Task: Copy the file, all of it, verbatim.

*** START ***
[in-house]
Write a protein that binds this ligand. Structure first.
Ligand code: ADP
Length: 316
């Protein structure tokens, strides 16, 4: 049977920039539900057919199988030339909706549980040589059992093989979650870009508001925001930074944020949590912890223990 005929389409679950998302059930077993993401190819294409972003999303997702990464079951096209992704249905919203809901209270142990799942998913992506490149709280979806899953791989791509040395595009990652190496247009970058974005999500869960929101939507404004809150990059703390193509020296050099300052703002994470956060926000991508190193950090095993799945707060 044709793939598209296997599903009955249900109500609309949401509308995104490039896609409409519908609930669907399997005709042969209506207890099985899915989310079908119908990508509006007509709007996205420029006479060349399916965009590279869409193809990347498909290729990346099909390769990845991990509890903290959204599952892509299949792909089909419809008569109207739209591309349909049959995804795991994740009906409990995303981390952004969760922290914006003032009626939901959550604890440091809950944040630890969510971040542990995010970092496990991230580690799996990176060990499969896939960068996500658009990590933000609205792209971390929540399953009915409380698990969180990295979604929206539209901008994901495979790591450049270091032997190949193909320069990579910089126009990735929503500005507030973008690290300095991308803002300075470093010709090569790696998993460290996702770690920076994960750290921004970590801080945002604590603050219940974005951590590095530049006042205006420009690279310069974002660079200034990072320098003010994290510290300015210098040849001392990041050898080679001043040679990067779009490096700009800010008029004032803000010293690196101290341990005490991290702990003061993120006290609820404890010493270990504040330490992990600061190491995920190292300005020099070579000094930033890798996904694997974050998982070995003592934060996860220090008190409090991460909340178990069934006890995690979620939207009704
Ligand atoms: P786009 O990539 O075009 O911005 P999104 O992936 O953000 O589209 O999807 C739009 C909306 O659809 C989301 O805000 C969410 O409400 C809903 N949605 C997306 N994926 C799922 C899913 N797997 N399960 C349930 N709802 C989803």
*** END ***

[in-house]
Write a protein that binds this ligand. Structure first.
Ligand code: ADP
Length: 316
């Protein structure tokens, strides 16, 4: 049977920039539900057919199988030339909706549980040589059992093989979650870009508001925001930074944020949590912890223990 005929389409679950998302059930077993993401190819294409972003999303997702990464079951096209992704249905919203809901209270142990799942998913992506490149709280979806899953791989791509040395595009990652190496247009970058974005999500869960929101939507404004809150990059703390193509020296050099300052703002994470956060926000991508190193950090095993799945707060 044709793939598209296997599903009955249900109500609309949401509308995104490039896609409409519908609930669907399997005709042969209506207890099985899915989310079908119908990508509006007509709007996205420029006479060349399916965009590279869409193809990347498909290729990346099909390769990845991990509890903290959204599952892509299949792909089909419809008569109207739209591309349909049959995804795991994740009906409990995303981390952004969760922290914006003032009626939901959550604890440091809950944040630890969510971040542990995010970092496990991230580690799996990176060990499969896939960068996500658009990590933000609205792209971390929540399953009915409380698990969180990295979604929206539209901008994901495979790591450049270091032997190949193909320069990579910089126009990735929503500005507030973008690290300095991308803002300075470093010709090569790696998993460290996702770690920076994960750290921004970590801080945002604590603050219940974005951590590095530049006042205006420009690279310069974002660079200034990072320098003010994290510290300015210098040849001392990041050898080679001043040679990067779009490096700009800010008029004032803000010293690196101290341990005490991290702990003061993120006290609820404890010493270990504040330490992990600061190491995920190292300005020099070579000094930033890798996904694997974050998982070995003592934060996860220090008190409090991460909340178990069934006890995690979620939207009704
Ligand atoms: P786009 O990539 O075009 O911005 P999104 O992936 O953000 O589209 O999807 C739009 C909306 O659809 C989301 O805000 C969410 O409400 C809903 N949605 C997306 N994926 C799922 C899913 N797997 N399960 C349930 N709802 C989803």